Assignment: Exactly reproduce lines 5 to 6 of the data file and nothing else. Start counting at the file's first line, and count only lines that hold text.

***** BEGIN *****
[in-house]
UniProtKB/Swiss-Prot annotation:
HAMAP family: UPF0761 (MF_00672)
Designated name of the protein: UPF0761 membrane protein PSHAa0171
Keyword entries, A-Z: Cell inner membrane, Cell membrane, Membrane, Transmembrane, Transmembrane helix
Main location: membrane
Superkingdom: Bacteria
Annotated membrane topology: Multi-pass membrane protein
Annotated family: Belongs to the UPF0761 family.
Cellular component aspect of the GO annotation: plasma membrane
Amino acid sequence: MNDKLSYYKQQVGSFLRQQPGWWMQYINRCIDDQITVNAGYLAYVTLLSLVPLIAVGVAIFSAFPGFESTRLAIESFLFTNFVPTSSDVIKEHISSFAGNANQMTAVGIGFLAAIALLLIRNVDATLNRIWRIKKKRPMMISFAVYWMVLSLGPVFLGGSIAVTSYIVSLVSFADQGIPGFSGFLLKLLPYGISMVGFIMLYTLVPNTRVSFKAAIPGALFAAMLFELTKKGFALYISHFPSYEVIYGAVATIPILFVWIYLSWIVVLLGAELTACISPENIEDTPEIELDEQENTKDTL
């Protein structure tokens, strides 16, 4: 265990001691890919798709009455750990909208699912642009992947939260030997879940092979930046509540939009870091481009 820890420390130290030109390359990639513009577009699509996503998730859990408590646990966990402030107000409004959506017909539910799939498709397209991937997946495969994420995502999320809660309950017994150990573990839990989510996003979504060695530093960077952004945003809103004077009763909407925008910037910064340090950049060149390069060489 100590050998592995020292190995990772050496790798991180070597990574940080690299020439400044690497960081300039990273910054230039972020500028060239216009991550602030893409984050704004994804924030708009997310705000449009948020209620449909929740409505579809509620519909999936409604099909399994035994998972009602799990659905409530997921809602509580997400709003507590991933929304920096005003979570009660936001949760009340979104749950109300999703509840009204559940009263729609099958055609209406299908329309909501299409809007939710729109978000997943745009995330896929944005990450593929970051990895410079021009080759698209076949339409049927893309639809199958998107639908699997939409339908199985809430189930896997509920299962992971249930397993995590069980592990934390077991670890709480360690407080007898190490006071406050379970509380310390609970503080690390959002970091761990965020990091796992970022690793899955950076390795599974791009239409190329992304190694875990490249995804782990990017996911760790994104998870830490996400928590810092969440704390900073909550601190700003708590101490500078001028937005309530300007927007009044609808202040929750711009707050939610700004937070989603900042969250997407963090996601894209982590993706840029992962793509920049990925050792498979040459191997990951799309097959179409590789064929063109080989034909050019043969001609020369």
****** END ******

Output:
Keyword entries, A-Z: Cell inner membrane, Cell membrane, Membrane, Transmembrane, Transmembrane helix
Main location: membrane